Inside: B&B Italia
A while back I had the chance to go on a factory visit to B&B italia's headquarters in Milan and it was definitely an eyeopening experience to be able to see first hand how they manufacture their furniture pieces.
To those familiar with the whole design and furniture industry, would have probably heard of B&B italia. They are one of the major italian furniture labels, and have produced famous works by Mario Bellini, Ettore Sottsass and Gaetano Pesce, some of the great names in italian design. The company was founded in 1966 by the Busnelli family, who currently owns and manages the company.
Compasso Di Oro
B&B has won a total of 4 Compasso Di Oros, the Italian design world's equivalent of Olympic gold.
The awards were given for Sisamo by Studio Kairos (1974), Le Bambole by Mario Bellini (1979), Sity by Antonio Citterio (1987) and in 1989 B&B Italia became the first company to be recognized with a Compasso d'oro directly awarded to a design manufacturing company.
Walk down memory lane
Stepping into the main entrance of the building we were greeted by a wall of posters, displaying B&B's ad campaigns from the 60's to present day. There were some interesting and bold ads that B&B had undertaken during the 60's and 70's, and it definitely showed how the company wasn't afraid to push the boundaries of art and design.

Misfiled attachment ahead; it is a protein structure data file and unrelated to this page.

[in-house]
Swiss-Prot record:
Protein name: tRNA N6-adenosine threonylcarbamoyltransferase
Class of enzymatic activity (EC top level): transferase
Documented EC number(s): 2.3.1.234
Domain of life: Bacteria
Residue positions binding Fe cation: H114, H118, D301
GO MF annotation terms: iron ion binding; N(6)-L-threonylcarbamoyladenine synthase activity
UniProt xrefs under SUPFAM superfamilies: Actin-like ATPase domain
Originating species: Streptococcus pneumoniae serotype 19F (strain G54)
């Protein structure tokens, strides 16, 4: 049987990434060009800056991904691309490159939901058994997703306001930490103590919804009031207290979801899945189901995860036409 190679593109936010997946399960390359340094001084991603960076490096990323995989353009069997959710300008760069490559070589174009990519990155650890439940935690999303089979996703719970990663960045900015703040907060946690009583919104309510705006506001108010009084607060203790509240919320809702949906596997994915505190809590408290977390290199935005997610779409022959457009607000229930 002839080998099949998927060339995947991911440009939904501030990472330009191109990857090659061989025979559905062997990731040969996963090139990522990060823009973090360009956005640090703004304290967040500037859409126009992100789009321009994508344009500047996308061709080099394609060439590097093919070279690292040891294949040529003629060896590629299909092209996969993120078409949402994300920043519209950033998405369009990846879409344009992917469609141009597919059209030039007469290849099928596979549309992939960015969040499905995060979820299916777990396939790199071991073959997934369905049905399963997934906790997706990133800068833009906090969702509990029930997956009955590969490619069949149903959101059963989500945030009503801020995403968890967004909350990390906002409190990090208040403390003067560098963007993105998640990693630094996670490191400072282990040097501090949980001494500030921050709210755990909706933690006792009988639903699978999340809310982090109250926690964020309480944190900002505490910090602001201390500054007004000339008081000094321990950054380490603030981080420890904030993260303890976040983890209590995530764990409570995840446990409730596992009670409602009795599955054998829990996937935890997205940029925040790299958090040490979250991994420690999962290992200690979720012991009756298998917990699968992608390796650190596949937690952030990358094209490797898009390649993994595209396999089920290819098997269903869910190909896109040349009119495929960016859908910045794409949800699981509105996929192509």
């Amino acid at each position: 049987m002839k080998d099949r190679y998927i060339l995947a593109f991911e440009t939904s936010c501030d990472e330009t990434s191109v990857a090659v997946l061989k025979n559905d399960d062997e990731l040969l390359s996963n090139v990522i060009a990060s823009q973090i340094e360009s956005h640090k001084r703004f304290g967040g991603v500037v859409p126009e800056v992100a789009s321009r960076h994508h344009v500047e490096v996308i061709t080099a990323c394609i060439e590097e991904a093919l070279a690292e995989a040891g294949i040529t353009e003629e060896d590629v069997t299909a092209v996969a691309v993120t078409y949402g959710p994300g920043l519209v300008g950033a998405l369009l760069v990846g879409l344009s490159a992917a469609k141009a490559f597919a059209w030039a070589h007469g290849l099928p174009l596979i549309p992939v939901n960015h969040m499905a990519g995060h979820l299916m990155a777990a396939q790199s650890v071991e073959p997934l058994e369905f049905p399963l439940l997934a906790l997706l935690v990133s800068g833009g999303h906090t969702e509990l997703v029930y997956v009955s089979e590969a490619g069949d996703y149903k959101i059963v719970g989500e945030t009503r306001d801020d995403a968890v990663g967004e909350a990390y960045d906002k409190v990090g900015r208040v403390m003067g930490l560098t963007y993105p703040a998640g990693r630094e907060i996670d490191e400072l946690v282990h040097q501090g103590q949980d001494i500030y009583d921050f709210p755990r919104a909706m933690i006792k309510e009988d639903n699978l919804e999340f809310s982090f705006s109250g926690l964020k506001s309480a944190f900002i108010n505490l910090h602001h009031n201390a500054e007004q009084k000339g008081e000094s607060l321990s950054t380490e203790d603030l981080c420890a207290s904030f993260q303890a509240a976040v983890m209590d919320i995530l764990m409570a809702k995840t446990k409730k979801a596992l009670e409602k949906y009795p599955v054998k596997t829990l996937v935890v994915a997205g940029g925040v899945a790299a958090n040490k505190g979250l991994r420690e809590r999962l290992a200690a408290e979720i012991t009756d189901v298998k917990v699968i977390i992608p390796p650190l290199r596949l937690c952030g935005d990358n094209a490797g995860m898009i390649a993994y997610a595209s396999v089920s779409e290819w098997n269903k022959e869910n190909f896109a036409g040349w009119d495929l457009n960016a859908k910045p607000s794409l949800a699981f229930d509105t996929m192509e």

Where the magic happens
After a short history lesson on the company we made our way down to the factory floor. The highlight of the trip!
Pattern cutting starts off by marking out the blemishes by hand with fabric chalk on the leather. Blemishes on the leather can be caused by a range of factors such as insect bites or from fighting. The computer scans the leather and positions the patterns digitally onto the leather, avoiding the marked areas. This way, during pattern cutting, the blemishes are avoided. The machine then proceeds to laser cut the pattern.
First stop was the leather department, and the smell of leather hits you as soon as you enter, it's like walking into one of those expensive leather bag stores. They had leather in every color and texture imaginable. The company's representative went on to explain the different grades of leather and measures taken to ensure that only the top quality ones are accepted.
Unfortunately, no photography was allowed in the production area. But I did manage to snap some pictures of the fully moulded foam pieces. As they sat there waiting to be upholstered, their familiar silhouettes looked oddly lifeless.
The visit ended at the showroom and we were given time to browse and try out the finished pieces. There were so many pieces to see and I had a great time looking at the different details and finishings.
I walked away from this experience feeling slightly overwhelmed by the task ahead of me. The multitude of designer furniture packed into that showroom was a daunting reminder to just how competitive this industry is and also how hard it is to be original these days.
Back to the drawing board!